Holmes, Oliver Wendell, Jr. [1841-1935]. The Common Law. Boston: Little, Brown, and Company, 1881.
Oliver Wendell Holmes, Jr. is universally acknowledged to be one of the most influential judges in the history of the Supreme Court. Serving on the Court from 1902 to 1932, he was known for his succinct explanations, his often-terse opinions and his disagreement with the views of his Court colleagues. Holmes was the son of prominent writer and physician, Oliver Wendell Holmes, Sr. and abolitionist Amelia Lee Jackson. He loved literature and was a staunch supporter of the abolitionist movement.
After serving in the Civil War, he attended Harvard Law School and was admitted to the bar in 1866. He settled into practicing admiralty law in Boston, and became an editor of the American Law Review.
In 1881, he published "The Common Law," a compilation of lectures given at the Lowell Institute in Boston. Many consider this to be the only significant volume of American jurisprudence written by a practicing attorney. Cited by Grolier, 100 American, 84: "This brilliant exposition, as effective on English scholarship and legal thinking as on American, of the true nature of law both as a development from the past and an organism of the present, blew fresh air into lawyers' minds encrusted with Blackstone and Kent." It offers an historic perspective of liability, criminal law, torts, bail, possession and ownership, contracts, successions, as well as many other aspects of civil and criminal law.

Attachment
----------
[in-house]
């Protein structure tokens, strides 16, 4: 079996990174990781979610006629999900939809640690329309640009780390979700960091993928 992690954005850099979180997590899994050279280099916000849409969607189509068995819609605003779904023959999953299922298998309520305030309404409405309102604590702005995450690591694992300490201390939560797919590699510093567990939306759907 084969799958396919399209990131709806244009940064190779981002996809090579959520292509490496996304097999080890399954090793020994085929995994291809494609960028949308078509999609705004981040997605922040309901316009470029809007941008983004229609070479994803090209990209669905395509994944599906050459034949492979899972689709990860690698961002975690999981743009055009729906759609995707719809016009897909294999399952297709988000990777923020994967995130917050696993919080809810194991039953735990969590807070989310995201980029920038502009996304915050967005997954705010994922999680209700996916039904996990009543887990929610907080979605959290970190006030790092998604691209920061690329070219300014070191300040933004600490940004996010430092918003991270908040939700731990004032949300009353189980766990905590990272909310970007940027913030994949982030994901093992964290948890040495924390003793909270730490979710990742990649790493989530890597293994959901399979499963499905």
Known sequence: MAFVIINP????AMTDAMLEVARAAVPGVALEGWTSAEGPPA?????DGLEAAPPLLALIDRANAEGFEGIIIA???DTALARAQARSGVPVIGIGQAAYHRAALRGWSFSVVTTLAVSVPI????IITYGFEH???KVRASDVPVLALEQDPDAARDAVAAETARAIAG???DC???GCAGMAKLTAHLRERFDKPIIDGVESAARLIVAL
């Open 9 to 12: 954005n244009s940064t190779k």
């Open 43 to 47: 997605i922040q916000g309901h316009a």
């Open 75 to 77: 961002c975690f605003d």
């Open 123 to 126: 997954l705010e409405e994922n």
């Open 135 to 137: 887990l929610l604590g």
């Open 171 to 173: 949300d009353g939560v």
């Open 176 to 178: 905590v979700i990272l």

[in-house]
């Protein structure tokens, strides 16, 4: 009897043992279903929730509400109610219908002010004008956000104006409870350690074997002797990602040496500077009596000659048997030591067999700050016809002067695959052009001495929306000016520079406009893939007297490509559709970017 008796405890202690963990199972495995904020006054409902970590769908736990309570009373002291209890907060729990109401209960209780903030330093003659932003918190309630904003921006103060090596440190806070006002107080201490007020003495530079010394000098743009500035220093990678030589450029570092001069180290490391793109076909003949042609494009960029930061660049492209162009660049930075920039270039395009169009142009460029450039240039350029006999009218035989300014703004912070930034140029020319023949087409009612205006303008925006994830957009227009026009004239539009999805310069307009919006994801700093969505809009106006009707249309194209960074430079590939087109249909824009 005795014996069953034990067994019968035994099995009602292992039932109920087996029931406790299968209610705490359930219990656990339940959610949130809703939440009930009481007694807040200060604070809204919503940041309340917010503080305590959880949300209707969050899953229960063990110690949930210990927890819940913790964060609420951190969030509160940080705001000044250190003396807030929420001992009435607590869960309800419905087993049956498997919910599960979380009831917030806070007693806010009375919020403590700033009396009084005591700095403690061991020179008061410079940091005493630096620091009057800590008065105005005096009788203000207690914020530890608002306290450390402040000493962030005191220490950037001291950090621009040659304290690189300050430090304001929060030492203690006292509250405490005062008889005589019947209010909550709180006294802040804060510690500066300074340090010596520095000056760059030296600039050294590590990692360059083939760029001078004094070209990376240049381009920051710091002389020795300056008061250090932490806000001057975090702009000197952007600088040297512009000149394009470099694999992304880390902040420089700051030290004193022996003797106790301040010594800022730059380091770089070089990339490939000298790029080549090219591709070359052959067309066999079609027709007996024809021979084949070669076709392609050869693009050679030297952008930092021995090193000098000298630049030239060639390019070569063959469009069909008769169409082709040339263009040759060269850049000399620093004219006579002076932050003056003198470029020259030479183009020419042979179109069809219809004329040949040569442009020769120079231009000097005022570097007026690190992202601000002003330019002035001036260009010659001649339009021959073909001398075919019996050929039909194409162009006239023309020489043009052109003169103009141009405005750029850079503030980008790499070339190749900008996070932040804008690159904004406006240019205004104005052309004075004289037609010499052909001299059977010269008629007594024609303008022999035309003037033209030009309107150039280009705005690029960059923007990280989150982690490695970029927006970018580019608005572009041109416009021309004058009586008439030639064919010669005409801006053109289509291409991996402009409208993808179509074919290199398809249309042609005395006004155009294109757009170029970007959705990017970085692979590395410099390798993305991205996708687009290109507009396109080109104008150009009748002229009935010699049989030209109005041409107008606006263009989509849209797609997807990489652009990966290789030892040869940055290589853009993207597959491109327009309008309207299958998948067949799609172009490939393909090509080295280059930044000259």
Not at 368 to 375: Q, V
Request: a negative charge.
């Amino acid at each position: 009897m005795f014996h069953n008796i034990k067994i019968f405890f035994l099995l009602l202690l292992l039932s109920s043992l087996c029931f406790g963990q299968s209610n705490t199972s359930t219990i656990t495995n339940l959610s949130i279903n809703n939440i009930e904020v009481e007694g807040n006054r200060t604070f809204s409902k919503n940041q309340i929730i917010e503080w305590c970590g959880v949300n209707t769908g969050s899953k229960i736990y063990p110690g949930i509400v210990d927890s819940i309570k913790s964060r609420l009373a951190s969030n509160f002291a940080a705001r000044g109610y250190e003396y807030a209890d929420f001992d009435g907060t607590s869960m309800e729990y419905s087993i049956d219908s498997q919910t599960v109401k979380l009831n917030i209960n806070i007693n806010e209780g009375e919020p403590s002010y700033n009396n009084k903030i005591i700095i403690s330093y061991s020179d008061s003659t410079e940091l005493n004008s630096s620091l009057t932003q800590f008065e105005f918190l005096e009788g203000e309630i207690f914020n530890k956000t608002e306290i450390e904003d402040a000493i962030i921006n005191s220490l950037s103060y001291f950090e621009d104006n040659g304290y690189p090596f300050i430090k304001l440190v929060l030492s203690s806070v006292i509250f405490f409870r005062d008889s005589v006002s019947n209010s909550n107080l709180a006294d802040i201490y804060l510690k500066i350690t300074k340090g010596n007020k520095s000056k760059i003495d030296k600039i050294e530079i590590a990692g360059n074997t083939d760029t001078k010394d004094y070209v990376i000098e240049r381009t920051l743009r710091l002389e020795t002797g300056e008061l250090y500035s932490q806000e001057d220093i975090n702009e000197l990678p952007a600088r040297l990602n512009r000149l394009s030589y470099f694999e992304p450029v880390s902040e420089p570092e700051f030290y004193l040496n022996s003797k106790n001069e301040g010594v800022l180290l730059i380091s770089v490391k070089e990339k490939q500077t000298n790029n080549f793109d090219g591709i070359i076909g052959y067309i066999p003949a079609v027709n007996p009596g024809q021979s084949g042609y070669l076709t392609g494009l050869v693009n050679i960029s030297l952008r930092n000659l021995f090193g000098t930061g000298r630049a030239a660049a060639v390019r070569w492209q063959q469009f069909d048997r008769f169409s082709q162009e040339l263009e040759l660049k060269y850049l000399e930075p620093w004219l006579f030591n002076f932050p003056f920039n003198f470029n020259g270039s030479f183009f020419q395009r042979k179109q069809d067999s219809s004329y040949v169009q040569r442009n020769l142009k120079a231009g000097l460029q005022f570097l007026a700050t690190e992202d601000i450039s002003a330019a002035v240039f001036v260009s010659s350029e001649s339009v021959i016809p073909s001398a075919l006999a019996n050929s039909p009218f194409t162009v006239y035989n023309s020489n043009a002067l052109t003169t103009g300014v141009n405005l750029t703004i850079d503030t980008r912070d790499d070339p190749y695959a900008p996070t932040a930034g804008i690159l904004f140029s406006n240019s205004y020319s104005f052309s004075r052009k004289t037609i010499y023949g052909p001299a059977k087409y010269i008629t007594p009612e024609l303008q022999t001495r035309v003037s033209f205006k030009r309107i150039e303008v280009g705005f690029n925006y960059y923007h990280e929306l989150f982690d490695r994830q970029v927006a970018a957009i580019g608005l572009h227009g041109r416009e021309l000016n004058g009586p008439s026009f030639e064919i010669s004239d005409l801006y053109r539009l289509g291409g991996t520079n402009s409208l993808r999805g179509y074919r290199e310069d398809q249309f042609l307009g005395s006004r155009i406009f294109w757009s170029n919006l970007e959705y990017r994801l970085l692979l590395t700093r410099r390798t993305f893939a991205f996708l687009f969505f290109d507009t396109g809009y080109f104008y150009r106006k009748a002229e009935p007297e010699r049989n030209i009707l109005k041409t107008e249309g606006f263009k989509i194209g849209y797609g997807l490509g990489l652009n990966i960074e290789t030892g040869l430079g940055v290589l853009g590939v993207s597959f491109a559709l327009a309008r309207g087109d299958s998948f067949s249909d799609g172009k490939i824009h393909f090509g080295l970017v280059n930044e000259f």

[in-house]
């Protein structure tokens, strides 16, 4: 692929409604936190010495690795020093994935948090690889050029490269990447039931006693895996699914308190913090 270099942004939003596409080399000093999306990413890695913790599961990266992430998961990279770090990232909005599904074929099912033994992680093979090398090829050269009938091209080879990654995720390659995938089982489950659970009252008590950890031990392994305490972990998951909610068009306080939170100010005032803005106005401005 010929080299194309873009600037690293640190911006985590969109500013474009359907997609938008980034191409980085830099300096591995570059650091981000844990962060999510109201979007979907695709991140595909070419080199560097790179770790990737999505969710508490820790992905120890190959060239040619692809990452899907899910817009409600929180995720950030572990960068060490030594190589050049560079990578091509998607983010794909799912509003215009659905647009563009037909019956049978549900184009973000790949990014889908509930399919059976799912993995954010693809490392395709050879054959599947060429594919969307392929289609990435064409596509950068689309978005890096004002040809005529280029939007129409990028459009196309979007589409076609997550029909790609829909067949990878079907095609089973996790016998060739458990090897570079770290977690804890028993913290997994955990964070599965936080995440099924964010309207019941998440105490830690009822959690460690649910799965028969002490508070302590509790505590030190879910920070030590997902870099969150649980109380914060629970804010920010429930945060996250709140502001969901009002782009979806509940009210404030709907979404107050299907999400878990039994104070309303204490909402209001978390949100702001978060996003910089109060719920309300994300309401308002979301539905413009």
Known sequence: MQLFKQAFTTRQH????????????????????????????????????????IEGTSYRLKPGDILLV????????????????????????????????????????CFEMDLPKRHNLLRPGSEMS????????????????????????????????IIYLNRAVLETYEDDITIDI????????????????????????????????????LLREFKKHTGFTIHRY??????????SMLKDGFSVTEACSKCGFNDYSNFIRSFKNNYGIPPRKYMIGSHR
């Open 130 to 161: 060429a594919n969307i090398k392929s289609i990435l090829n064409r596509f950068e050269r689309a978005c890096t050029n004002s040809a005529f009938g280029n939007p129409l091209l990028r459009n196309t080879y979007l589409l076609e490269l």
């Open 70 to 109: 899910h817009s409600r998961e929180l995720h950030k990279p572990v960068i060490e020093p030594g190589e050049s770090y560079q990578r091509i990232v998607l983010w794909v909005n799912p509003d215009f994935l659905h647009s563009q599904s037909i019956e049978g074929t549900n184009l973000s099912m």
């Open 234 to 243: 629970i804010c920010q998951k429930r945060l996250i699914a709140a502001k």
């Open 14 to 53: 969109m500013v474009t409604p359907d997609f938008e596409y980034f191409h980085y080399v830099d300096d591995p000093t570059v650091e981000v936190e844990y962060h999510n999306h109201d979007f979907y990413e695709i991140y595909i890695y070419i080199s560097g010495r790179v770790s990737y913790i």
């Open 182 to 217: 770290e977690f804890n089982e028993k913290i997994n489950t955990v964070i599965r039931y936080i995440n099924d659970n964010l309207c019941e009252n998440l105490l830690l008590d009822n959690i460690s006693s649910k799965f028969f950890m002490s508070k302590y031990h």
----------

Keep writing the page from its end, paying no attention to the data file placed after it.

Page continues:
Condition/Description: First Edition, boards, very good or better copy of a scarce title. First Issue with the two-line printer's imprint on title page verso repeated with ampersand on page 422. Original purple cloth. With the bookplate of Charles Robinson Smith on the front pastedown as well as the bookseller's ticket of L. K. Strouse & Co. Typical aging of paper; neat binder's tape reinforcement of front hinge. Rubbing to top of spine with some wear and the heel of the spine with slight loss of lettering of publisher's name.